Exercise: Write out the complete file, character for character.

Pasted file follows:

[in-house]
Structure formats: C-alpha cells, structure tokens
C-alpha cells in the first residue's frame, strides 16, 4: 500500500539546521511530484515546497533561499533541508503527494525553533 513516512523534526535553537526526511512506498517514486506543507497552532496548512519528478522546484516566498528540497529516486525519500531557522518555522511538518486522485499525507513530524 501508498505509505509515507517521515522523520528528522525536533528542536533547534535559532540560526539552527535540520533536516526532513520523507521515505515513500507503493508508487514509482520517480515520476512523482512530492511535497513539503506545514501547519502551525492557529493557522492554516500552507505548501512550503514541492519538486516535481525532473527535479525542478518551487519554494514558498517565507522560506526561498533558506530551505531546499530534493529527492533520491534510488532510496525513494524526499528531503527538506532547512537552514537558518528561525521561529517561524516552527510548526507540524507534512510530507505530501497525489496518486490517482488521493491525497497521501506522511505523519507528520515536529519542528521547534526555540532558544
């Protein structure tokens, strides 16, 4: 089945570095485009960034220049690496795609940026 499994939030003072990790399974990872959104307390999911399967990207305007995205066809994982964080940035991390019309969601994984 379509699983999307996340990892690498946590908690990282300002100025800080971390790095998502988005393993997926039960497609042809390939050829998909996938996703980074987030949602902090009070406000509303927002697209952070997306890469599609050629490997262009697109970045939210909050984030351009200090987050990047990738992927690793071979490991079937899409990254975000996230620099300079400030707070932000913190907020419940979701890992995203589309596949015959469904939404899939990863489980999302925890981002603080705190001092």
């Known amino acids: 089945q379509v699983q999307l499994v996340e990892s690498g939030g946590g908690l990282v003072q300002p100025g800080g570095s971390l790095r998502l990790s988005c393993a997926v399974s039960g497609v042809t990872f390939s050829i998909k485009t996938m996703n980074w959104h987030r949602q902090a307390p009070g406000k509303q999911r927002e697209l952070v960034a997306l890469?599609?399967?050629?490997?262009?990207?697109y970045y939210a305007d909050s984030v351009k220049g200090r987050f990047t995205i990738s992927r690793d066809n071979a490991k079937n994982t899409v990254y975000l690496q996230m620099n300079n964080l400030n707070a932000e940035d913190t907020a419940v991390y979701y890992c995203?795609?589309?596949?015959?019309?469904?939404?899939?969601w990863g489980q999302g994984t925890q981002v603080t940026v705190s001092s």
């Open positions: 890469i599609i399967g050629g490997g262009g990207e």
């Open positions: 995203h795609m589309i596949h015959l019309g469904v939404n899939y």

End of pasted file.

[in-house]
Structure formats: C-alpha cells, structure tokens
C-alpha cells in the first residue's frame, strides 16, 4: 500500500539546521511530484515546497533561499533541508503527494525553533 513516512523534526535553537526526511512506498517514486506543507497552532496548512519528478522546484516566498528540497529516486525519500531557522518555522511538518486522485499525507513530524 501508498505509505509515507517521515522523520528528522525536533528542536533547534535559532540560526539552527535540520533536516526532513520523507521515505515513500507503493508508487514509482520517480515520476512523482512530492511535497513539503506545514501547519502551525492557529493557522492554516500552507505548501512550503514541492519538486516535481525532473527535479525542478518551487519554494514558498517565507522560506526561498533558506530551505531546499530534493529527492533520491534510488532510496525513494524526499528531503527538506532547512537552514537558518528561525521561529517561524516552527510548526507540524507534512510530507505530501497525489496518486490517482488521493491525497497521501506522511505523519507528520515536529519542528521547534526555540532558544
């Protein structure tokens, strides 16, 4: 089945570095485009960034220049690496795609940026 499994939030003072990790399974990872959104307390999911399967990207305007995205066809994982964080940035991390019309969601994984 379509699983999307996340990892690498946590908690990282300002100025800080971390790095998502988005393993997926039960497609042809390939050829998909996938996703980074987030949602902090009070406000509303927002697209952070997306890469599609050629490997262009697109970045939210909050984030351009200090987050990047990738992927690793071979490991079937899409990254975000996230620099300079400030707070932000913190907020419940979701890992995203589309596949015959469904939404899939990863489980999302925890981002603080705190001092």
């Known amino acids: 089945q379509v699983q999307l499994v996340e990892s690498g939030g946590g908690l990282v003072q300002p100025g800080g570095s971390l790095r998502l990790s988005c393993a997926v399974s039960g497609v042809t990872f390939s050829i998909k485009t996938m996703n980074w959104h987030r949602q902090a307390p009070g406000k509303q999911r927002e697209l952070v960034a997306l890469?599609?399967?050629?490997?262009?990207?697109y970045y939210a305007d909050s984030v351009k220049g200090r987050f990047t995205i990738s992927r690793d066809n071979a490991k079937n994982t899409v990254y975000l690496q996230m620099n300079n964080l400030n707070a932000e940035d913190t907020a419940v991390y979701y890992c995203?795609?589309?596949?015959?019309?469904?939404?899939?969601w990863g489980q999302g994984t925890q981002v603080t940026v705190s001092s």
């Open positions: 890469i599609i399967g050629g490997g262009g990207e």
């Open positions: 995203h795609m589309i596949h015959l019309g469904v939404n899939y």